How much does it cost to charge an iPhone 6? A remarkably slender $0.47 per year

Many aspects of Apple’s newly released iPhone 6 line are indeed, as the company has stated, “bigger than bigger.” From screen size to sales numbers, the new devices pack a hefty punch.

But at least one thing about the iPhone 6 and iPhone 6 Plus is spectacularly small: their energy consumption.

Following up on our iPhone 5 analysis a couple years ago, we returned to the Opower lab to measure how much electricity it takes to charge the latest Apple devices from 0% to 100% full. Then we modeled those results across a year (see Methodology) to determine their annual energy impact and cost.

Charging the iPhone 6 costs $0.47 per year

We found that, like their predecessor, the iPhone 6 as well as the iPhone 6 Plus require a trivial amount of electricity:

Using a Watts Up Pro Electricity Consumption Meter, we discovered that giving a full charge to an iPhone 6 uses about 10.5 watt-hours of electricity. If you do that 365 days a year, you’re talking about about 3.8 kilowatt-hours in total — which, at an average US retail price of 12.29 cents per kilowatt-hour, comes out to just $0.47 per year.

The iPhone 6 Plus, thanks to its significantly larger battery, draws more electricity per fill-up (16.8 watt-hours) than its little sibling, but users are likely to charge it less frequently than the 6. Based on a charge frequency of once every 1.46 days (see Methodology), Plus owners paying US electricity prices can expect to shell out $0.52 per year to energize their device.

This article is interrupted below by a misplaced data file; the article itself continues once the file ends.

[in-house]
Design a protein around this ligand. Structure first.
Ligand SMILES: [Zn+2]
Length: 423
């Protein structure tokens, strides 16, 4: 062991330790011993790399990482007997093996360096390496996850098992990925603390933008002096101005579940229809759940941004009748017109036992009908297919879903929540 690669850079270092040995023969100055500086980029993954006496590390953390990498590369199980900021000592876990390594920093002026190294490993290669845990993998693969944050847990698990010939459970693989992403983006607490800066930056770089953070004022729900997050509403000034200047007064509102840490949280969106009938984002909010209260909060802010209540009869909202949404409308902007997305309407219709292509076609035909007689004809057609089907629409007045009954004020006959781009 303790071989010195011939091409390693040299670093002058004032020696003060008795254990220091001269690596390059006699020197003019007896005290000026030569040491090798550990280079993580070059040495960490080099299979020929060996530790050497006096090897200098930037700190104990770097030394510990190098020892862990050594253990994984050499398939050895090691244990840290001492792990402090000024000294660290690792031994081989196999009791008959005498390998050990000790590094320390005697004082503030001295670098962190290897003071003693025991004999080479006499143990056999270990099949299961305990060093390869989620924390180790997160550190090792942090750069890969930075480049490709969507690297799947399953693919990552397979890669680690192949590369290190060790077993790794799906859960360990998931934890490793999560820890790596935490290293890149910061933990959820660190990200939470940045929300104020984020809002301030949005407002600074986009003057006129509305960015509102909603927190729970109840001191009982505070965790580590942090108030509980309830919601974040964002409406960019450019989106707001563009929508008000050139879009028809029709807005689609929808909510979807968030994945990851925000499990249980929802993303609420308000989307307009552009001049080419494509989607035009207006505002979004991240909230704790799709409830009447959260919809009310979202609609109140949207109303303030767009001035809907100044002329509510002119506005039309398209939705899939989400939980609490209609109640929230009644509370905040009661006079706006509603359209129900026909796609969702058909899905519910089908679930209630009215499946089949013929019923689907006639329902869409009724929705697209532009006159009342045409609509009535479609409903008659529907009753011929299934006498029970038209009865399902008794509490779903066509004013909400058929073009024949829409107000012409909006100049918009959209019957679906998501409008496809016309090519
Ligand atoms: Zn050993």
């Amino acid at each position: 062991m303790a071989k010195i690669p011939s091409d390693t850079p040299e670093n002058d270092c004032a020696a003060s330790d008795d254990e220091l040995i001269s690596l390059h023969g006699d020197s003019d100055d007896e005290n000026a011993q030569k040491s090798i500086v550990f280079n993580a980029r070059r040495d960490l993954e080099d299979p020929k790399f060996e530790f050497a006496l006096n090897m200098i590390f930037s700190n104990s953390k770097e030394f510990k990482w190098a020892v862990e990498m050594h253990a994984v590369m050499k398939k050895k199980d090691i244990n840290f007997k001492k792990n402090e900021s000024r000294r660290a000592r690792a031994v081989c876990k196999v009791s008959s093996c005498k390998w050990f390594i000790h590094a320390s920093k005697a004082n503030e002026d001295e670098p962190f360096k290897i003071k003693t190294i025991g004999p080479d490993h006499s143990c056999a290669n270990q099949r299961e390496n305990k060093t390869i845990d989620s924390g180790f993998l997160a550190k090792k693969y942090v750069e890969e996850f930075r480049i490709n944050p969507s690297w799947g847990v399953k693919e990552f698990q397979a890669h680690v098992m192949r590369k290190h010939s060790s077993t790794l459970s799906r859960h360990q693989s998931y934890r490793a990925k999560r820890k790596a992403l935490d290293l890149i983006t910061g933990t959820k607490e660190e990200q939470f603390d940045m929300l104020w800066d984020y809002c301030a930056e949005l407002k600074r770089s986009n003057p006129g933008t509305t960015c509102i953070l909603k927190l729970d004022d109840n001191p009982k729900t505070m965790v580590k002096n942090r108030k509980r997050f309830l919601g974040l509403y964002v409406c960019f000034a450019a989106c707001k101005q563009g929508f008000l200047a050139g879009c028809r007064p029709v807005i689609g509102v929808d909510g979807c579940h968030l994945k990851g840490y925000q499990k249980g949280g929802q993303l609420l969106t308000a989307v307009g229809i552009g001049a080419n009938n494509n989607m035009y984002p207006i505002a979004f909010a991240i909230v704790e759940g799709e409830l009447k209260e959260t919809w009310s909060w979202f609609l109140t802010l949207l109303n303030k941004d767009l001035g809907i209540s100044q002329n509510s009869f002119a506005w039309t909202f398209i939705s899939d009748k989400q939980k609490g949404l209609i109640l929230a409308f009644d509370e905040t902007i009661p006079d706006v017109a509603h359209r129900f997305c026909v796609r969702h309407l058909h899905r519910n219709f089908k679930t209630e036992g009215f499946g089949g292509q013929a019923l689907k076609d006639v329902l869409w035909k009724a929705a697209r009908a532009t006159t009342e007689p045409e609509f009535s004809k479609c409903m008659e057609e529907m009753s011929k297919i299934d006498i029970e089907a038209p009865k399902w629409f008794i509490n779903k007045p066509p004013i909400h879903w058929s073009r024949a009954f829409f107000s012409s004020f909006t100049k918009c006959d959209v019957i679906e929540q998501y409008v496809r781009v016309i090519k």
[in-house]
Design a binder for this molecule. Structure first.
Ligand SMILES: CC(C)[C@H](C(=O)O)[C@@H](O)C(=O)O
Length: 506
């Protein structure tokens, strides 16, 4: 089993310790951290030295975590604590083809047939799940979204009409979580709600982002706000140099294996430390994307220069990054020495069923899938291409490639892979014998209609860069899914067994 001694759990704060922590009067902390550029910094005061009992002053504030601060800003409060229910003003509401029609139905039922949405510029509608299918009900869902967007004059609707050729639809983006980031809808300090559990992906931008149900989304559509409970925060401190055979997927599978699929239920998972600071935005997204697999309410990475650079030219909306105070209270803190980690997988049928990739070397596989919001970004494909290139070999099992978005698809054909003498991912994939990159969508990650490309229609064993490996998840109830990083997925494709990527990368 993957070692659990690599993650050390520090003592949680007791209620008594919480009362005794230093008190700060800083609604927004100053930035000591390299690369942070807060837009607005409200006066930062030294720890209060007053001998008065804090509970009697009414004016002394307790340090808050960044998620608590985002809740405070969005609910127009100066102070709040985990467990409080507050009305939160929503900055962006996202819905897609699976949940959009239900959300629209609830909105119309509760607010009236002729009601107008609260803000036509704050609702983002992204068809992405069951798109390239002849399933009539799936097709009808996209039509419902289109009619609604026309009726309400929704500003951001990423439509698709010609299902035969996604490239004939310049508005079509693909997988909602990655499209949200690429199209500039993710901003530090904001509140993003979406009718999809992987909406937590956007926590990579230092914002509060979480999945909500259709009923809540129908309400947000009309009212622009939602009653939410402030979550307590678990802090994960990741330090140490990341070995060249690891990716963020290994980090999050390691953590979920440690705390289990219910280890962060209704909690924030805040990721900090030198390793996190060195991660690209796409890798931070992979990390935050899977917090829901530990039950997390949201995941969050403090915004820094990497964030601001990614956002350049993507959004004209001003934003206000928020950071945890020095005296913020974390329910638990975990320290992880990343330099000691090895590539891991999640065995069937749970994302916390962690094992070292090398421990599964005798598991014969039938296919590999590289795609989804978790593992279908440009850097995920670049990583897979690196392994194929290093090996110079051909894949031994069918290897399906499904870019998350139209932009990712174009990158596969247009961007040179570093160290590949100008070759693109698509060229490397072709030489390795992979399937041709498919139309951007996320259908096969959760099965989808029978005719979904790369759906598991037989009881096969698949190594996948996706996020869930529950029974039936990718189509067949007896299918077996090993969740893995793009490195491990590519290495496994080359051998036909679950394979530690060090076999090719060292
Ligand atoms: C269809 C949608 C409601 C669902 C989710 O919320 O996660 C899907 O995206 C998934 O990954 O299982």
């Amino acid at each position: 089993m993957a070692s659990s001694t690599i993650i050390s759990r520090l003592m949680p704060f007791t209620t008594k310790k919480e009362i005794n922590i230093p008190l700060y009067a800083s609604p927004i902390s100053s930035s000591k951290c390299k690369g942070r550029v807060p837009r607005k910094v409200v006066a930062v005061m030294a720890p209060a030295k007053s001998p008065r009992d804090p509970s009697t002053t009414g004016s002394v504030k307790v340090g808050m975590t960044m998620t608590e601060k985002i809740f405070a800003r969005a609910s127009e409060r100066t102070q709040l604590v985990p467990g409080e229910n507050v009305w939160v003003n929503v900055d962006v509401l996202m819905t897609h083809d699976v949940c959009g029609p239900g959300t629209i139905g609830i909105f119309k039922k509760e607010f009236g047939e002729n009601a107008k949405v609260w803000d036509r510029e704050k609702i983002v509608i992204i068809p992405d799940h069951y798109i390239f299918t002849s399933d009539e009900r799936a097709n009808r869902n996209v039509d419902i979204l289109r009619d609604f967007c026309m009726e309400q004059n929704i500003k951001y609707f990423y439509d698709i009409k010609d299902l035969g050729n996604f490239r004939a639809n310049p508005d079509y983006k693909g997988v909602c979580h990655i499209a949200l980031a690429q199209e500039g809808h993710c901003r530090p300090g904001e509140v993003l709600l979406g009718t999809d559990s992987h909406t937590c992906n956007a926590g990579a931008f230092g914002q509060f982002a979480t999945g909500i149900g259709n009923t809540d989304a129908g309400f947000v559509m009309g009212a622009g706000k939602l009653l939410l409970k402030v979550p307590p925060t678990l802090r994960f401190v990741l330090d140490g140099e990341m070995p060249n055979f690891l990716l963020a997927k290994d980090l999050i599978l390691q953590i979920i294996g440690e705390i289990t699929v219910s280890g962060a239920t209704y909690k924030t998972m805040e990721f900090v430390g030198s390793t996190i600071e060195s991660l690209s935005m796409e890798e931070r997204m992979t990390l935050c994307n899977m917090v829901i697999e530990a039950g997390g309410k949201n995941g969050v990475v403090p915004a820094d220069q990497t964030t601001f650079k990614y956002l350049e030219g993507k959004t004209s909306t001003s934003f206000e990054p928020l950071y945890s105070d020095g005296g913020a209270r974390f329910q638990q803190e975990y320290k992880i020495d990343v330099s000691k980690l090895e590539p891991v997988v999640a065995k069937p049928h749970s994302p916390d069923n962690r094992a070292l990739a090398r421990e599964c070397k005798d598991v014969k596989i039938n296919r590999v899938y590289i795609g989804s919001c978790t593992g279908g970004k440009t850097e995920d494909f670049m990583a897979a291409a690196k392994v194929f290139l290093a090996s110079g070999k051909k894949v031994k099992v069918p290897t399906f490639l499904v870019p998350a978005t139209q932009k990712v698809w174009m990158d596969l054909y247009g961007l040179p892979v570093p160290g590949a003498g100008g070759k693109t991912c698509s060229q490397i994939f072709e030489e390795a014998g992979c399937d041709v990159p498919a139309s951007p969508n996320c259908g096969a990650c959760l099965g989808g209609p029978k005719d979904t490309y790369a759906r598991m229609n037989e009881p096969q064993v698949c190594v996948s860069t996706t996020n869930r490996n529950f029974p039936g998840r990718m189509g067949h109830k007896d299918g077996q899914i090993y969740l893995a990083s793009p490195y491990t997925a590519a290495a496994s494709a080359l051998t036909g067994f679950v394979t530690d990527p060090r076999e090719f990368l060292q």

These cost numbers slightly outstrip the $0.41 required annually to power their iPhone 5. That makes sense given the iPhone 6 generation’s across-the-board bump in battery size and screen dimensions.



The iPhone 6 Plus may bend in your pocket, but it won’t bend your energy bill higher

A household device using just 4 kilowatt-hours per year is negligible in the context of a home’s yearly electricity consumption. In the US, charging an iPhone 6 represents 0.04% of the average home’s electric bill.

By way of comparison, Opower has shown that giving personalized energy management advice to utility customers reliably reduces their electric usage by 1.5-2.5%, and oftentimes even more. In other words, it’s pretty darn easy to offset the energy impact of your iPhone.

Based on this information, one could quickly come to the conclusion that the iPhone 6 will only increase your energy bill by a teeny-tiny bit. But that’s not the full story. That’s because using the iPhone 6 is actually quite likely to decrease your energy bill.

For reasons that we detailed in our 2012 blog post about smartphones, the iPhone 6 and similar pocket-sized devices may well lower your overall energy consumption for a couple reasons.

First, people are increasingly using smartphones — and especially phablets like the iPhone 6 Plus — to do things that they have historically done on computers, televisions, and gaming consoles. Second, as shown below, the modern smartphone uses much less energy than those larger devices (e.g. PC’s and TV’s) that they are displacing.